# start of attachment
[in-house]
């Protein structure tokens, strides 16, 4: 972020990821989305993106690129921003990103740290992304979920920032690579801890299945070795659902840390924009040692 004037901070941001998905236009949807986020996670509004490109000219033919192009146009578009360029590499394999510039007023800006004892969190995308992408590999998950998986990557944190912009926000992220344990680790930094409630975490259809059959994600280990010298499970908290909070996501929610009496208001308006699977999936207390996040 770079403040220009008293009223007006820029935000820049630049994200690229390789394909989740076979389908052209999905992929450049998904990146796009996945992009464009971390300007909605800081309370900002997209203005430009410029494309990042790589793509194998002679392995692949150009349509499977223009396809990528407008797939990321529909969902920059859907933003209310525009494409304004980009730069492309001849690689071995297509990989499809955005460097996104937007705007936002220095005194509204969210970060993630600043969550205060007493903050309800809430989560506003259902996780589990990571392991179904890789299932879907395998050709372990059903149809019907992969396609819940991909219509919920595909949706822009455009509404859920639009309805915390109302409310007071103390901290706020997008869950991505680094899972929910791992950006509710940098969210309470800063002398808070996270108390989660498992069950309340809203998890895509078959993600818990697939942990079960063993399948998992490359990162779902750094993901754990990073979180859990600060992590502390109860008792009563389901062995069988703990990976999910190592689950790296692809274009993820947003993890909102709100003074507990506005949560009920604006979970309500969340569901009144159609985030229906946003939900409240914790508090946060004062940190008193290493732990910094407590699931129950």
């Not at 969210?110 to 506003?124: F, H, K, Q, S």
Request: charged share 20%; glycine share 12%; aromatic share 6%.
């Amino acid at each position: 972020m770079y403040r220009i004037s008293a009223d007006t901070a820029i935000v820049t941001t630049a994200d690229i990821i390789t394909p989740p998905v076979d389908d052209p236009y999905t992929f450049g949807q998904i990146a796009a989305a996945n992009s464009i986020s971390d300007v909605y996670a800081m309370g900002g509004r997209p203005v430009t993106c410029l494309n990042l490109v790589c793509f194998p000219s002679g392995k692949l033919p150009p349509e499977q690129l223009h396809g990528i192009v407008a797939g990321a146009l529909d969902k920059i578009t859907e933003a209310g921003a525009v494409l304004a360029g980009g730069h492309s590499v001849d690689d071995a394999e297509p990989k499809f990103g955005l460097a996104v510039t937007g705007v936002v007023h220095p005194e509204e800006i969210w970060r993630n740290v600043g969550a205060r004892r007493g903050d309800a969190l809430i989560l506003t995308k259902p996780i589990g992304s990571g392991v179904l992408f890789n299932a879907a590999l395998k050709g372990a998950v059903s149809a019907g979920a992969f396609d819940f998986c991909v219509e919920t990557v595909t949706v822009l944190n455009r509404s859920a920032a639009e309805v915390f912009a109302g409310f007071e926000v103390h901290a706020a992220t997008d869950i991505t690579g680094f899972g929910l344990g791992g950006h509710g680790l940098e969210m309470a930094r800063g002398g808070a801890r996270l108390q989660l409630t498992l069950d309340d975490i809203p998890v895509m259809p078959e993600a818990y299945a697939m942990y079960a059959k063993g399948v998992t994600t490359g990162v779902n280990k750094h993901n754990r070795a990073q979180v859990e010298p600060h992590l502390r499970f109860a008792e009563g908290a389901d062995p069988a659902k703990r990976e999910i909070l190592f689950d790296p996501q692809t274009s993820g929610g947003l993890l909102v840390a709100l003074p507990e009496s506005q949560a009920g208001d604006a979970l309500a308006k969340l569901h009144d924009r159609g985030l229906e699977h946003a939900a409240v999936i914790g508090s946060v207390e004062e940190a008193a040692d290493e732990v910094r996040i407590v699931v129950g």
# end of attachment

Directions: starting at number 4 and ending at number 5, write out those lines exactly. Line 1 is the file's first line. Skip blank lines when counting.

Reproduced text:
Request: charged share 20%; glycine share 12%; aromatic share 6%.
């Amino acid at each position: 972020m770079y403040r220009i004037s008293a009223d007006t901070a820029i935000v820049t941001t630049a994200d690229i990821i390789t394909p989740p998905v076979d389908d052209p236009y999905t992929f450049g949807q998904i990146a796009a989305a996945n992009s464009i986020s971390d300007v909605y996670a800081m309370g900002g509004r997209p203005v430009t993106c410029l494309n990042l490109v790589c793509f194998p000219s002679g392995k692949l033919p150009p349509e499977q690129l223009h396809g990528i192009v407008a797939g990321a146009l529909d969902k920059i578009t859907e933003a209310g921003a525009v494409l304004a360029g980009g730069h492309s590499v001849d690689d071995a394999e297509p990989k499809f990103g955005l460097a996104v510039t937007g705007v936002v007023h220095p005194e509204e800006i969210w970060r993630n740290v600043g969550a205060r004892r007493g903050d309800a969190l809430i989560l506003t995308k259902p996780i589990g992304s990571g392991v179904l992408f890789n299932a879907a590999l395998k050709g372990a998950v059903s149809a019907g979920a992969f396609d819940f998986c991909v219509e919920t990557v595909t949706v822009l944190n455009r509404s859920a920032a639009e309805v915390f912009a109302g409310f007071e926000v103390h901290a706020a992220t997008d869950i991505t690579g680094f899972g929910l344990g791992g950006h509710g680790l940098e969210m309470a930094r800063g002398g808070a801890r996270l108390q989660l409630t498992l069950d309340d975490i809203p998890v895509m259809p078959e993600a818990y299945a697939m942990y079960a059959k063993g399948v998992t994600t490359g990162v779902n280990k750094h993901n754990r070795a990073q979180v859990e010298p600060h992590l502390r499970f109860a008792e009563g908290a389901d062995p069988a659902k703990r990976e999910i909070l190592f689950d790296p996501q692809t274009s993820g929610g947003l993890l909102v840390a709100l003074p507990e009496s506005q949560a009920g208001d604006a979970l309500a308006k969340l569901h009144d924009r159609g985030l229906e699977h946003a939900a409240v999936i914790g508090s946060v207390e004062e940190a008193a040692d290493e732990v910094r996040i407590v699931v129950g």